by Mariu Moresco and Carlo Notari
Chapter #7 explores the Worlds of Stakeholders.
Traditionally, the approach to analysis and management of the stakeholders is limited to a mere identification together with some hints on the method of neutralizing potential “enemies” and emphasizing the positive influence of potential “friends”.
On the other hand, when complexity and uncertainty of scenarios increase, traditional approach becomes totally inadequate and the project is bound to fail due to a series of hurdles and difficulties unless a more comprehensive and systemic method is followed. Therefore the project manager must be capable of identifying stakeholders and engaging them through constant and transparent relationships.
Starting from these assumptions, which are the tools and the approaches that a project manager must apply in order to act as a “relationships management professional” throughout project life cycle?
First of all, he must be aware that both the evolution and the project outcome are strongly influenced by the iterations inside the social group involved, its culture and the individuals which compose it: each of these three entities, tightly and dynamically correlated, can be analyzed through the following approaches: ethnography, informal networks and type-watching.
The ethnographic approach is aimed at establishing an emphatic relationship with the subjects, in order to seize their vision of the world and therefore their “culture”. Cultural analysis of organizations reveals itself as a really effective tool in those situations where the system of principles and values which influences stakeholders’ behavior represents an obstacle or a resource to be strengthened. Therefore stakeholders’ maps inside the project should be revised adding “cultural parameters” (e.g. ethics, innovative attitude, etc.).
Every organization is characterized by formal structures which are focused on hierarchies, definition of roles and operational procedures. The fact that a parallel, spontaneous, informal networks are originated is not always taken into account: these are flexible, adaptive structures which self-organize internally in order to react to external changes, sometimes with rules which are in contrast with formal rules, but which are indeed the real engine of the organization. It has been calculated that on average the 80% of the activities carried out inside an organization follow informal procedures. Informal networks are not represented by means of organizational charts, but rather by means of nodes and arrows which represent the learning system of the organization: “who knows what”, “who knows who”, “who works with whom”. Thanks to this graphical representation, we can analyze the stakeholders’ worlds through different perspectives such as: the features of the relationships, the features of the network, the features of the individuals as actors of the network (“central hub”, opinion leaders”, pulse takers”) and also the features of the individuals as individuals.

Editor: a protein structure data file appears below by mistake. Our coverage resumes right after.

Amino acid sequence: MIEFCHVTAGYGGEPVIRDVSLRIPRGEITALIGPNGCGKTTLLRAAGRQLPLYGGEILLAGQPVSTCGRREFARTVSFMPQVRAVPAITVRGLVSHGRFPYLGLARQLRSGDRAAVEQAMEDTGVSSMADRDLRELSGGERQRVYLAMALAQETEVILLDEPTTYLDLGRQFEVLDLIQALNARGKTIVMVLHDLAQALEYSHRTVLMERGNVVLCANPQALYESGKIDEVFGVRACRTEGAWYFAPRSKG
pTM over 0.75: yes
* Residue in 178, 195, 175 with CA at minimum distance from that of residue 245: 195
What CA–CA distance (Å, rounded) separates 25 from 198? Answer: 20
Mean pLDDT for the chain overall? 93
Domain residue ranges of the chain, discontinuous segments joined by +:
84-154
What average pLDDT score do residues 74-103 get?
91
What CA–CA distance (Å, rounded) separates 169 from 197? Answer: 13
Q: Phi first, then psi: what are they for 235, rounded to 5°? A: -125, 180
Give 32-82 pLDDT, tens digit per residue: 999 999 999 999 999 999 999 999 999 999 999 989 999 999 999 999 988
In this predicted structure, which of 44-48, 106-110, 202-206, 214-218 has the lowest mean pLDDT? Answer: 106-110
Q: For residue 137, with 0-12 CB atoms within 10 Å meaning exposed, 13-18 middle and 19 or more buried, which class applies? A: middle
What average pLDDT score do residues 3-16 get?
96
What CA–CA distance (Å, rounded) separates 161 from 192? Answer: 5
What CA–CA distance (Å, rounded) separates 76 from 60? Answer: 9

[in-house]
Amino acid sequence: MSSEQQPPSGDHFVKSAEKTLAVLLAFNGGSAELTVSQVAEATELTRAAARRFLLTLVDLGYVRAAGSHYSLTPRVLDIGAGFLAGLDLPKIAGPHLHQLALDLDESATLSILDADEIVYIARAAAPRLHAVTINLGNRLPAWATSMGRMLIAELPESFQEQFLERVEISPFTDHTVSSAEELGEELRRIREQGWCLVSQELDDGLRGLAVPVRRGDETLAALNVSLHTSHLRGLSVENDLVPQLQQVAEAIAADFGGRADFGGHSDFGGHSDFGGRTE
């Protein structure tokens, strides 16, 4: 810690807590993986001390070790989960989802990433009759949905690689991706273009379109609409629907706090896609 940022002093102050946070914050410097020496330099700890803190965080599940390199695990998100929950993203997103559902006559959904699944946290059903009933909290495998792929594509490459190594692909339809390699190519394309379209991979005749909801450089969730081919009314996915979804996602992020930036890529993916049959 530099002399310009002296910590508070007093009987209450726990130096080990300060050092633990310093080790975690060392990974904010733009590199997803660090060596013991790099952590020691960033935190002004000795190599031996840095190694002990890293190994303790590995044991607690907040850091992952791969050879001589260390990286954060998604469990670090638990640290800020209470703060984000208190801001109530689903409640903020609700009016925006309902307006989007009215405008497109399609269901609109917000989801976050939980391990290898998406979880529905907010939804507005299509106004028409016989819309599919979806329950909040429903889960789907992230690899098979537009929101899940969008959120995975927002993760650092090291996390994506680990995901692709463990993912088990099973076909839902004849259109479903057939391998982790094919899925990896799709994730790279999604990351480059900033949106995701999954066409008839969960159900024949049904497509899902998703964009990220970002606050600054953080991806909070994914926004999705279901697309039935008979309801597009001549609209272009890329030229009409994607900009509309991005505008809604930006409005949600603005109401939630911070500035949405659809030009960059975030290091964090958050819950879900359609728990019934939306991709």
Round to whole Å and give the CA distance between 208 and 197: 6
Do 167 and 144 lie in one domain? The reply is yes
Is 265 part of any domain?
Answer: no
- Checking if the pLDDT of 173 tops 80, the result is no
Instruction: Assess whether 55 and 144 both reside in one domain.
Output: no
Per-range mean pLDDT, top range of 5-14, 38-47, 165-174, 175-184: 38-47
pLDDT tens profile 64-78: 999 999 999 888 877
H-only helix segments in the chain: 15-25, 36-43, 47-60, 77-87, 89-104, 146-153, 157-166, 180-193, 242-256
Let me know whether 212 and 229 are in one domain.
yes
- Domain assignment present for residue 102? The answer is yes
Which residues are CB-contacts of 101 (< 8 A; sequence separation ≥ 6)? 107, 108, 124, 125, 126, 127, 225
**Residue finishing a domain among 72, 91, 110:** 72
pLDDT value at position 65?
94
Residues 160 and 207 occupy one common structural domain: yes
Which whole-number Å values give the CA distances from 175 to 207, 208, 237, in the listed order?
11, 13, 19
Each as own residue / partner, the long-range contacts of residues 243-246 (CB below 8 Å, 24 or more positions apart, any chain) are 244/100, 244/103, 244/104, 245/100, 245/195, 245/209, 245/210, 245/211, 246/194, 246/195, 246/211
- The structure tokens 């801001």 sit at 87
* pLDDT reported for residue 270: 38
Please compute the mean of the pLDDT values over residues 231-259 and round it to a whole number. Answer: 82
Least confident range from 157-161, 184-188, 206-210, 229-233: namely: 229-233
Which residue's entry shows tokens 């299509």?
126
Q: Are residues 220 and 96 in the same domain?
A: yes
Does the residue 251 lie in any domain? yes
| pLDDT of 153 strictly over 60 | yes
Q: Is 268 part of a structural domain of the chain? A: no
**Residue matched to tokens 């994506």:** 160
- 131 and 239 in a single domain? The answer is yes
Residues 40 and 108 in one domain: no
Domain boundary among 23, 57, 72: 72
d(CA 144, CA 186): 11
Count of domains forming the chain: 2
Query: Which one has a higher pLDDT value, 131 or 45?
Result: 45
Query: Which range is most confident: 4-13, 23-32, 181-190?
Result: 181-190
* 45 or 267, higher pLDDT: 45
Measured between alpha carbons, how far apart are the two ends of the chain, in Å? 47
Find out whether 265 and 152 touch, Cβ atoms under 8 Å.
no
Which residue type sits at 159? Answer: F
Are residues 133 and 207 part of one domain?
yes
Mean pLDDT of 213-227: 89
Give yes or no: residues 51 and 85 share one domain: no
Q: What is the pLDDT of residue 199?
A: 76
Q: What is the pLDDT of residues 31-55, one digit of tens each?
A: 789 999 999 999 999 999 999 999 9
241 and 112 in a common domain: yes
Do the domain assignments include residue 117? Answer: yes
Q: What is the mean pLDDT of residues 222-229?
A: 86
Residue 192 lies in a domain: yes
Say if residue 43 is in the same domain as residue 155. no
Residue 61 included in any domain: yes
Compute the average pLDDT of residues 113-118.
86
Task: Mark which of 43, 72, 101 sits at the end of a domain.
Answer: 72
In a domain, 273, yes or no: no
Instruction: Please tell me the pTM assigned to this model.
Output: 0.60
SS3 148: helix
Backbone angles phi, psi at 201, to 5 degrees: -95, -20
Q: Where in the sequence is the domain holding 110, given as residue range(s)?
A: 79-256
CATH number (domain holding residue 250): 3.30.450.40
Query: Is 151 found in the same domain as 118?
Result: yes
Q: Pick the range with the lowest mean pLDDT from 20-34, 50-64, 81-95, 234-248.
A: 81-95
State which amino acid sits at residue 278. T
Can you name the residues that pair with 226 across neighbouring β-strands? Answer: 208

Type-watching essentially deals with interdependence and with the way of approaching the “others” in order to get a mutually satisfactory relationship. It originates from Carl Gustav Jung, whose theory has been revamped during the Forties by Katharine Briggs and her daughter Isabel Briggs Myers, who developed the so-called Myers Briggs Type Indicator (MBTI). Through type-watching, it is possible to capture both complexity and diversity using just four dimensions of human behavior. This leads to a constructive answer to the unavoidable classification of the behaviors, and leads to a virtuous development of self-consciousness.
Type-watching can be characterized as a psychological system which is free from judgment and aimed at explaining normal psychology rather than unusual one; it does not refer to “good” and “bad” types, but only behavioral preferences related to basic functions which each personality develops throughout the life (“Extrovert” versus “Introvert”, “Intuitor” versus “Sensor”, “Thinker” versus “Feeler” and “Judger” versus “Perceiver”).
In addition to the use of advances approaches for a deeper stakeholders analysis, the project manager should adopt innovative tools in presence of a project that continuously changes: the context changes, conditions change, people often change, and therefore the attitude/approach of some of the stakeholders. This consideration leads to the definition of a tool which is different from the classic ones used so far: the Emerging Project Charter. A “road-book” which collects information which can be used by whoever might inherit our project, like other colleagues which in the future could have to deal with similar projects. It does not mean to alter the concept of Project Charter described in the PMBOK®, but rather to define an evolution which goes along with it and leads it to an equally important role of reference and guide to be used along the full project life cycle.
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Table of Contents
Stakeholder and PMBoK
The Emerging Project Charter